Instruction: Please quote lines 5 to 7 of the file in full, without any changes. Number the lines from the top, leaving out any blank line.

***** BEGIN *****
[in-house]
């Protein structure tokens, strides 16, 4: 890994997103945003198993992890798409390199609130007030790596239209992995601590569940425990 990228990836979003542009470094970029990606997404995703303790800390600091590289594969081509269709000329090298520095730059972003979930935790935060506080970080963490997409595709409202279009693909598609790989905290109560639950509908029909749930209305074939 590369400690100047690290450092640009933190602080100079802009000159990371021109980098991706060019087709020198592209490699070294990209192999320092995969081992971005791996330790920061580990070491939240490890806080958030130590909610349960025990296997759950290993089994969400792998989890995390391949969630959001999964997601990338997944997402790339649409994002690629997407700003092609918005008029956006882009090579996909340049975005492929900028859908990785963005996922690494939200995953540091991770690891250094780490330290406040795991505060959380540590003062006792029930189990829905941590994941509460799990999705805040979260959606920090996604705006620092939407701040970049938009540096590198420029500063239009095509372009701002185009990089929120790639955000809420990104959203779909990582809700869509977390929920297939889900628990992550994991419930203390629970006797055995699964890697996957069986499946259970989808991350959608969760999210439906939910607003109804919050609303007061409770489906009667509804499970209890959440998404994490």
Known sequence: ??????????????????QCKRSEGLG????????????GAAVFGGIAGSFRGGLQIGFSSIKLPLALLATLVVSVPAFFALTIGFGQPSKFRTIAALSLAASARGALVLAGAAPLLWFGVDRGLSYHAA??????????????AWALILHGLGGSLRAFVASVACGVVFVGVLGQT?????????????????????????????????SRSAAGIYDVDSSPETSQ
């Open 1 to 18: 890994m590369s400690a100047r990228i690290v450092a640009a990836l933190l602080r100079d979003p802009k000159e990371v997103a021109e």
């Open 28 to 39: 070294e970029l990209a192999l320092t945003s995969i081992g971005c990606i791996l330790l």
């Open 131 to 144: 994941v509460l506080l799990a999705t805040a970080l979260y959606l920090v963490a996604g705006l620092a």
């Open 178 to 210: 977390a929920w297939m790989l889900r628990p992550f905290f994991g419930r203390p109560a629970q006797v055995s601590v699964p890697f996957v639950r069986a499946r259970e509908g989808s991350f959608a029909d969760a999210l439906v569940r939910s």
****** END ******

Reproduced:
């Open 28 to 39: 070294e970029l990209a192999l320092t945003s995969i081992g971005c990606i791996l330790l």
């Open 131 to 144: 994941v509460l506080l799990a999705t805040a970080l979260y959606l920090v963490a996604g705006l620092a």
């Open 178 to 210: 977390a929920w297939m790989l889900r628990p992550f905290f994991g419930r203390p109560a629970q006797v055995s601590v699964p890697f996957v639950r069986a499946r259970e509908g989808s991350f959608a029909d969760a999210l439906v569940r939910s």